Danny Masterson, former star of That 70’s Show, was convicted of rape in California for sexually abusing three women. He was alleged to have met the women through the Church of Scientology. He was previously tried, but there was a hung jury.
What Is Double Jeopardy?
I am often asked about double jeopardy and hung juries. How can someone be tried twice if there is a hung jury? Doesn’t double jeopardy attach, which would preclude a second trial? If the defendant moves for a mistrial due to the jury being hung, jeopardy does not attach because the prosecutors were willing to sit and wait for a verdict. After two or three days, if no one says anything, the judge declares the mistrial due to a hung jury, again, not against the prosecutors. That’s the simple answer. The more complicated legal answer is as follows.
Double Jeopardy Principles in Pennsylvania
The majority of the cases say that double jeopardy does not bar a retrial after a hung jury in Pennsylvania unless there is some allegation of prosecutorial misconduct. In Com. v. Hickson, 402 Pa. Super. 53 (1990), the court held that “as a general rule, re-prosecution is not barred by principles of double jeopardy after a jury has been discharged because of an inability to reach a verdict.” In Com. v. Johnson, 231 A.3d 807 (Pa. 2020), the court held that “retrial is only precluded where there is prosecutorial overreaching,” which means a hung jury alone is not enough to trigger double jeopardy. Similarly, the court in Com. v. Thompson, 1100 MDA 2021 (Pa.Super. August 22, 2022) stated that “retrial is not barred” after a hung jury, and in Com. v. Harris, 400 Pa. Super 12 (1990), the court reiterated that “as a general rule, a mistrial because of a jury’s inability to agree upon a verdict does not implicate principles of double jeopardy.”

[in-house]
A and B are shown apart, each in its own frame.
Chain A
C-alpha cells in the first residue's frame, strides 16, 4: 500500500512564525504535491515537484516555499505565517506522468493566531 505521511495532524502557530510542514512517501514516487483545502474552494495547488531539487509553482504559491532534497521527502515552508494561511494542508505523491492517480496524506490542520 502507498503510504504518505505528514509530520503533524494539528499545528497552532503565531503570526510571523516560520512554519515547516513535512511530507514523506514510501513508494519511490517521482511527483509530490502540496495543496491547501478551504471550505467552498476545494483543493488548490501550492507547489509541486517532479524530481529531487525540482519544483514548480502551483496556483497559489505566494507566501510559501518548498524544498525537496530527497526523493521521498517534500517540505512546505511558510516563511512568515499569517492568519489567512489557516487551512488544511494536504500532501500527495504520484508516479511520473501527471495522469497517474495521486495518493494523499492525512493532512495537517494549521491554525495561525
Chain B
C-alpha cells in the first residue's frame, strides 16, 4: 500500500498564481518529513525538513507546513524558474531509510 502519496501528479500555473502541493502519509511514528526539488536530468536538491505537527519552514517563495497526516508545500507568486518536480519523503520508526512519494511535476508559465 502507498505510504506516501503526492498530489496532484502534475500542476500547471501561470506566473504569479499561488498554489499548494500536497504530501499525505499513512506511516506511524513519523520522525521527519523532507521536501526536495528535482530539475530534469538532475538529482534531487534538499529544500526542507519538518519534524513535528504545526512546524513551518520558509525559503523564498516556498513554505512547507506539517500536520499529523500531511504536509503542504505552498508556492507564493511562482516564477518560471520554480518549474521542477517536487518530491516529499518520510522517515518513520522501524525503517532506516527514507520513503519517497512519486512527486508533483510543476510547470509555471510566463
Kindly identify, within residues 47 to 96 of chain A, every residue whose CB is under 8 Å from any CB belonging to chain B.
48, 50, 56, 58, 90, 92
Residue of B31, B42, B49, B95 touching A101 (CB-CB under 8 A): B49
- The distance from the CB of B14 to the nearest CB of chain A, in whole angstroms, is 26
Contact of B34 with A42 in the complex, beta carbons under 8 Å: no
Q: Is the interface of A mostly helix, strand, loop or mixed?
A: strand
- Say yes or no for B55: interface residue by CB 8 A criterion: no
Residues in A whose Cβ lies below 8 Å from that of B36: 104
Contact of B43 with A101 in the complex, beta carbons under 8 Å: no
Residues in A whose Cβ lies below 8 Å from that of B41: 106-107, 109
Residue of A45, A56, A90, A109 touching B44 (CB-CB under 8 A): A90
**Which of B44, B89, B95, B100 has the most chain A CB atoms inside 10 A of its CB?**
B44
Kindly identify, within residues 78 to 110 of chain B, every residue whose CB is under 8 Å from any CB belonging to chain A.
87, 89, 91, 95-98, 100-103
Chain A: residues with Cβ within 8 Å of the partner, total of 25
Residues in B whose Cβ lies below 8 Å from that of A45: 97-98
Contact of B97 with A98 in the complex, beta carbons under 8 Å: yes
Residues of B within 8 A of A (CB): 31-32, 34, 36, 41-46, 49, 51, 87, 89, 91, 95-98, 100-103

But, in Com. v. Smith, 532 Pa. 177 (Pa. 1992), the court held that the double jeopardy clause bars retrial following intentional prosecutorial misconduct designed to secure a conviction by concealing exculpatory evidence. In Com. v. Johnson, 231 A.3d 807 (Pa. 2020), the court said the double jeopardy clause also prohibits retrial when the prosecutor intentionally practices bad behavior to prejudice the defendant to the point of a lack of a fair trial. In Com. v. Kearns, 2013 Pa. Super. 185, (2013), the court said, again, double jeopardy will preclude retrial if the prosecutor’s conduct was intended to provoke the defendant into moving for a mistrial.
Did Double Jeopardy Apply to the Masterson Case?
In Masterson, there was no allegation of prosecutorial misconduct in the first trial, so there are no double jeopardy issues. Stay tuned for the litany of appeals.